When Hip #44 was walked out at the 1997 Tattersalls Sale in Kentucky, trainer Ben Wallace’s eyes widened. All he could muster at that moment – inside his head – was, ‘Wow.’
Before information was readily available at the push of a button or a quick Google search, seeking out a possible standardbred star was based on an old-fashioned, blue collar-type approach to research.
Wallace is certainly glad Quebec-based horse owner Daniel Plouffe did his homework and purchased the ridgling for $47,000. If he hadn’t, neither man would have been along for the thrill ride engineered by the brilliant Blissfull Hall en route to an induction into the Canadian Horse Racing Hall of Fame.
“He was kind of the perfect horse,” Wallace said. “Big, round, strong-looking horse. The hindquarters were the most impressive thing on him. That was the first thing I really noticed, just how strong his hindquarters were – very, very strong. Anybody would have noticed that if they had spent any time on the horse at all.”
Two years later, Blissfull Hall captured harness racing’s elusive Pacing Triple Crown for Plouffe, Wallace, and driver Ron Pierce. A racing career of 31 races over two seasons included a record of 19-4-6, a mark of 1:49.2, earnings of $1.4 million and wins in the American National, the Adios, the Cane, the Messenger, the Simcoe Stake, the Little Brown Jug, an elimination of the Breeders Crown and the Progress Pace.
He was the recipient of the 1999 O’Brien Award for Three Year Old Pacing Colts/Geldings and 1999 O’Brien Award for Horse Of the Year and 1999 USHWA Dan Patch Award for Three Year Old Pacing Colts and Winner of 1999 USHWA Dan Patch Pacer Of The Year.
His phenomenal 1999 campaign will forever be associated with his victories in pacing’s Triple Crown events – the Cane Pace at Freehold, the Little Brown Jug at Delaware and the Messenger (Plouffe paid a $35,000 supplementary fee) at The Meadows.
In the Jug, driver Pierce employed a perfectly-timed move with a quarter of a mile to go, seized the lead nearing the top of the stretch, and held off the late rush of Looking For Art to take the 54th edition of the event in front of nearly 52,000 fans.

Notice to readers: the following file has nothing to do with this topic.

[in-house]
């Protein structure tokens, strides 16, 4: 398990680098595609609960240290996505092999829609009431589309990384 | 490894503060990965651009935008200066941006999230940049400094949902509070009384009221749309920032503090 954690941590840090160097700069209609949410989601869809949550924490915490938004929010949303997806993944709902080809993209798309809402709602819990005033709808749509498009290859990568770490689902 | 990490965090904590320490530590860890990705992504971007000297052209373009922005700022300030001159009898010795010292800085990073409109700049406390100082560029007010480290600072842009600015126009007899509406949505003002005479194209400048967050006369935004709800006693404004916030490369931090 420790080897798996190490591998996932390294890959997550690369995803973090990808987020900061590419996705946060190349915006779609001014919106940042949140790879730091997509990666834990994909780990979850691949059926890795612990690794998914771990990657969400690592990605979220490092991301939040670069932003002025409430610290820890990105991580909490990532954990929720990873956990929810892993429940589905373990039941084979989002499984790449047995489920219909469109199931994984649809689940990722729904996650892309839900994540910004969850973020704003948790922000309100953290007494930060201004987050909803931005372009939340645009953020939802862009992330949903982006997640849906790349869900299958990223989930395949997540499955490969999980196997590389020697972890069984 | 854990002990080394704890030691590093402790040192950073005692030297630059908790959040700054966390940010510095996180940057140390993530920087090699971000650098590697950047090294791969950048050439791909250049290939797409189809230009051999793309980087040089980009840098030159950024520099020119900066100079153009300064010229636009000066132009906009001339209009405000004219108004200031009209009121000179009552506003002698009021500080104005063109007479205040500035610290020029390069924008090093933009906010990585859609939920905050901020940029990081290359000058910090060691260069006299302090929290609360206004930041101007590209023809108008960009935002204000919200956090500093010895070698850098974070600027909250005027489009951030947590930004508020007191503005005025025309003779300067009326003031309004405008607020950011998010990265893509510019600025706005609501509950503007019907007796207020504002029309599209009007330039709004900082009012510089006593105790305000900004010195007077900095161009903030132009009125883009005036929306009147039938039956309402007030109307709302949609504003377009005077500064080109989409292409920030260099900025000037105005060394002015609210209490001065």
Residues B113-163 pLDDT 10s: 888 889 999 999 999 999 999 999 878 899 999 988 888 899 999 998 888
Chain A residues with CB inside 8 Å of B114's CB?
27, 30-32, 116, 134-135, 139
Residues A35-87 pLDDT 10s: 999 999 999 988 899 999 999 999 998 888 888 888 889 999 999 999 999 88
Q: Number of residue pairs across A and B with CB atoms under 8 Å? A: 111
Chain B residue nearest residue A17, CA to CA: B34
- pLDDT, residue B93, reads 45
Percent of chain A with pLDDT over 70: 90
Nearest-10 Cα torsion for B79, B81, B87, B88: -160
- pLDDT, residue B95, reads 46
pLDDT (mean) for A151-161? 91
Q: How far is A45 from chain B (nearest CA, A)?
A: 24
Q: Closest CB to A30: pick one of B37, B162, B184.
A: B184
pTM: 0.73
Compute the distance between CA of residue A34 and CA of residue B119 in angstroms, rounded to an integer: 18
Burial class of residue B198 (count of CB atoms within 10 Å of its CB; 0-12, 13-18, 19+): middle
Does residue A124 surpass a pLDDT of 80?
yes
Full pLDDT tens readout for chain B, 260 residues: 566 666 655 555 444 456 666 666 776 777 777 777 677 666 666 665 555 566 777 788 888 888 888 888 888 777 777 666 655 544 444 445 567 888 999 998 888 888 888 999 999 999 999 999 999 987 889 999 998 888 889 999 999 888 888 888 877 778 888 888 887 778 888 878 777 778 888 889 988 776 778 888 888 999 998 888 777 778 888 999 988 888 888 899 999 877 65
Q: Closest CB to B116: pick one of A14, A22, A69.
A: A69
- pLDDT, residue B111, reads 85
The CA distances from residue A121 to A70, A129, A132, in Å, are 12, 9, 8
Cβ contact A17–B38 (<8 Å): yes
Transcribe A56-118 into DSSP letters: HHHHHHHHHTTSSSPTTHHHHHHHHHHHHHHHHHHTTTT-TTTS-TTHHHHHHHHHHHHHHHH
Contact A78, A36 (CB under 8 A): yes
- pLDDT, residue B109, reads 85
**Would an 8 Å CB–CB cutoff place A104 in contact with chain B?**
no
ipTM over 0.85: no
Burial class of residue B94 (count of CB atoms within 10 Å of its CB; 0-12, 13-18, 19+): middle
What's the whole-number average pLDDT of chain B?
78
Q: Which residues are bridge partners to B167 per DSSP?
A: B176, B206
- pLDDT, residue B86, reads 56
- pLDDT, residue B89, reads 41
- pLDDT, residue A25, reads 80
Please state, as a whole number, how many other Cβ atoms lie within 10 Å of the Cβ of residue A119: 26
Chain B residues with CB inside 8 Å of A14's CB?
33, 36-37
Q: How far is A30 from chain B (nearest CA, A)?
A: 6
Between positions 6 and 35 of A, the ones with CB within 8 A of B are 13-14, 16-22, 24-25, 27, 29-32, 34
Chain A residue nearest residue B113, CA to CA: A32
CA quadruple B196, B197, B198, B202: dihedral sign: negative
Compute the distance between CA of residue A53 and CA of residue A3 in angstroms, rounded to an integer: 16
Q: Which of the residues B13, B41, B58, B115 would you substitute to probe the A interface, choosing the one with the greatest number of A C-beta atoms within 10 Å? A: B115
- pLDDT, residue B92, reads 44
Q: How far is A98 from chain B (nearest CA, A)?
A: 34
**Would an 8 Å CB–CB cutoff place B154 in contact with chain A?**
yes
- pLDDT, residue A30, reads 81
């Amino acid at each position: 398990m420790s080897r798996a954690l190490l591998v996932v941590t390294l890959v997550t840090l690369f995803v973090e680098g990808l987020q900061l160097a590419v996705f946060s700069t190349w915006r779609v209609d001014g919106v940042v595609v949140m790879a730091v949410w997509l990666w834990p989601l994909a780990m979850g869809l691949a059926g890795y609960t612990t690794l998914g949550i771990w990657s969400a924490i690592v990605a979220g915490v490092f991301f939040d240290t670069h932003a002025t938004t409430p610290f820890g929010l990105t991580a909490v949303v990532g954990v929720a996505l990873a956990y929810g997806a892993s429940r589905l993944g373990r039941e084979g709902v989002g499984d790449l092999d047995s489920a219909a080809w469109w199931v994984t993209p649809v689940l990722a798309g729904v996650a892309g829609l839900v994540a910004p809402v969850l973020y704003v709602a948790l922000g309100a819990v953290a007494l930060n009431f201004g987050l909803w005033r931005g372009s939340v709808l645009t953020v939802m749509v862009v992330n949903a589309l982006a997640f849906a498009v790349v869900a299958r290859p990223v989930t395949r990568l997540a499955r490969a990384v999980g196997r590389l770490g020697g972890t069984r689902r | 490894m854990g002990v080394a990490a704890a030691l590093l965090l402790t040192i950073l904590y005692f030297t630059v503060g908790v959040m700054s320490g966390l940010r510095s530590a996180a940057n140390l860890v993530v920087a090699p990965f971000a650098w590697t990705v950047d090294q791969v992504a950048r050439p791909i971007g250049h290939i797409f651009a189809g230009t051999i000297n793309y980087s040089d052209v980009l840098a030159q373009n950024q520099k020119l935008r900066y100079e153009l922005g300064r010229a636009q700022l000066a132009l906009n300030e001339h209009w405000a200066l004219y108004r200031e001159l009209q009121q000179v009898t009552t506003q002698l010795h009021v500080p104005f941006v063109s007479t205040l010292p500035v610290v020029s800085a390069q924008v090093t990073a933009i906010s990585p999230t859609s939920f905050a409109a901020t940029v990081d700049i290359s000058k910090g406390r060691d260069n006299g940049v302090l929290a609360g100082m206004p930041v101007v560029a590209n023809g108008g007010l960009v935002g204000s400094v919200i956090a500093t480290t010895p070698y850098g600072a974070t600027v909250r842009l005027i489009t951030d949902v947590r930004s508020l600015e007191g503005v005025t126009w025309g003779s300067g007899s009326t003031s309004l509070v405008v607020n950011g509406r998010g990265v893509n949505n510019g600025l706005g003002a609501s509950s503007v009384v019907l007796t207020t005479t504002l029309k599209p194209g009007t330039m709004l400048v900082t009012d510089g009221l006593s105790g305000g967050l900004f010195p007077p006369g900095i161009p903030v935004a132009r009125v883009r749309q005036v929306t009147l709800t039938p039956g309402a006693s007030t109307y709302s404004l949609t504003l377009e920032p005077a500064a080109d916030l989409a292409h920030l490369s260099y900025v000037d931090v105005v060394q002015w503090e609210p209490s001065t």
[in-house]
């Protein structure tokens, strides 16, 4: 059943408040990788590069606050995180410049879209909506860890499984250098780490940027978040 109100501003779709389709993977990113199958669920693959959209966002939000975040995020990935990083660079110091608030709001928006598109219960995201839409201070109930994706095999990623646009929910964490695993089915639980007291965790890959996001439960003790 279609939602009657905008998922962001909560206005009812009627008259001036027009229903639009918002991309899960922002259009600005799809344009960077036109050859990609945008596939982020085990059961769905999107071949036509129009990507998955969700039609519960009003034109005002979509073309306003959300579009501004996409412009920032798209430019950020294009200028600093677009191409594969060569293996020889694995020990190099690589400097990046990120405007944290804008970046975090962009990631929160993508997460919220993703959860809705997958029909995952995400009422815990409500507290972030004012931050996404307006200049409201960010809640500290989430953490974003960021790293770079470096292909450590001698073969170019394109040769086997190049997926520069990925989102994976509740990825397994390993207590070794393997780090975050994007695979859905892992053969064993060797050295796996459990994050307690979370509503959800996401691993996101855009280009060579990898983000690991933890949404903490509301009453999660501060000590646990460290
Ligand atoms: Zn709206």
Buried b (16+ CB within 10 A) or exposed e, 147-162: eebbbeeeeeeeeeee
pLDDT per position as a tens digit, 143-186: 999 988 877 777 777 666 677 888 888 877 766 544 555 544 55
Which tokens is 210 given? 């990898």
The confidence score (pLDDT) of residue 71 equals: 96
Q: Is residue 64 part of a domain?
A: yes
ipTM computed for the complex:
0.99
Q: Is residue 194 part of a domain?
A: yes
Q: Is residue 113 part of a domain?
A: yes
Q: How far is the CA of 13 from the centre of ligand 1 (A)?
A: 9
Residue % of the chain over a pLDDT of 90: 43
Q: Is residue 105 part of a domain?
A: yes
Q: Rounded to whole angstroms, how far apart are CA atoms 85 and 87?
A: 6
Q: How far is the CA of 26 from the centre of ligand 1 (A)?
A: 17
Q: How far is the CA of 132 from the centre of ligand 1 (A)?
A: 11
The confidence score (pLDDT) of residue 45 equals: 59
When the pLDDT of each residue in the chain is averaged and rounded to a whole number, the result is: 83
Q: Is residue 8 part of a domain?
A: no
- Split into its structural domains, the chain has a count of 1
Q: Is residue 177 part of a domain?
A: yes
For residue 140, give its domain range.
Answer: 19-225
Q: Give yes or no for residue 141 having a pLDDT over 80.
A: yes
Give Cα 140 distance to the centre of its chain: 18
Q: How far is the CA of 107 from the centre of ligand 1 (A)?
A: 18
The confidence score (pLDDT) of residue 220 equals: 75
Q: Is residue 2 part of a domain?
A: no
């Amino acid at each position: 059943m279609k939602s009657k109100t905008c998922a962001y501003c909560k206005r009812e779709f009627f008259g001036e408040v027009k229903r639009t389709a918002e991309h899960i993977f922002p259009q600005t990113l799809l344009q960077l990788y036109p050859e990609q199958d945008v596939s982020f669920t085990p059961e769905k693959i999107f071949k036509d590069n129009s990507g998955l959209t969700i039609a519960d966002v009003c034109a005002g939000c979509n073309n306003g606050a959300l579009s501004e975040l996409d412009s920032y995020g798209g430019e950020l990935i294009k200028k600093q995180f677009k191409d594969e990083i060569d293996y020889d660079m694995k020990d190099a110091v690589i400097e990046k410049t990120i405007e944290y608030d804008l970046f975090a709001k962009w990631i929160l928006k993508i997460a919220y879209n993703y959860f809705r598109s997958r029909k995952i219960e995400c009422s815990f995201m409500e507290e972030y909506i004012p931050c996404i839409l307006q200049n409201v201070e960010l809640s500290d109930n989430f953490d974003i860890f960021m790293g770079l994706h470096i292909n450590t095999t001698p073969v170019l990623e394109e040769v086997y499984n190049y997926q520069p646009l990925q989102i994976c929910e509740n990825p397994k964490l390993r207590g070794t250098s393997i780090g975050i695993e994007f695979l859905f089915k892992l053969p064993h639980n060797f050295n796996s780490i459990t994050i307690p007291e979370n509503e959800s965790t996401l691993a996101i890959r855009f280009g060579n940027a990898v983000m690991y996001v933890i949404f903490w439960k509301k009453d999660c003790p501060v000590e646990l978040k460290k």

In what was the Jug’s first raceoff since 1992, Blissfull Hall won by a length as the 4-5 favourite in 1:55.3. The raceoff came to be after Looking For Art’s upset triumph in the second elimination.
“It’s something you’ll never forget,” said Wallace. “He was a gift horse, the nicest horse you could ever be around. Correct. Sound. Willing.”
His offspring have earnings of over $74 million on the track. That includes 85 horses with earnings over $250,000, 228 horses with earnings over $100,000, and average earnings per starter of $99,762. His progeny include millionaires Marnie Hall and Camelot Hall.
Blissfull Hall’s stallion career concluded in 2017 after spending a few years at Empire Stallions in Australia. Arrangements were made to have him turned out at Schare Adams’ Saga Farm, not far from where he was foaled at Walnut Hall on March 26, 1996.
And now, he’ll have another home, so to speak, as a permanent member of Canada’s Horse Racing Hall of Fame.
When asked for one word to best describe Blissfull Hall, Wallace paused briefly before he gave his answer.
“Complete,” he said. “There was nothing lacking. I always look back and I know that he was bought right, he was owned right, he was trained right and he was driven right. It was a situation where we all had a little bit to do, but he made it a lot easier for all of us. It worked out great.”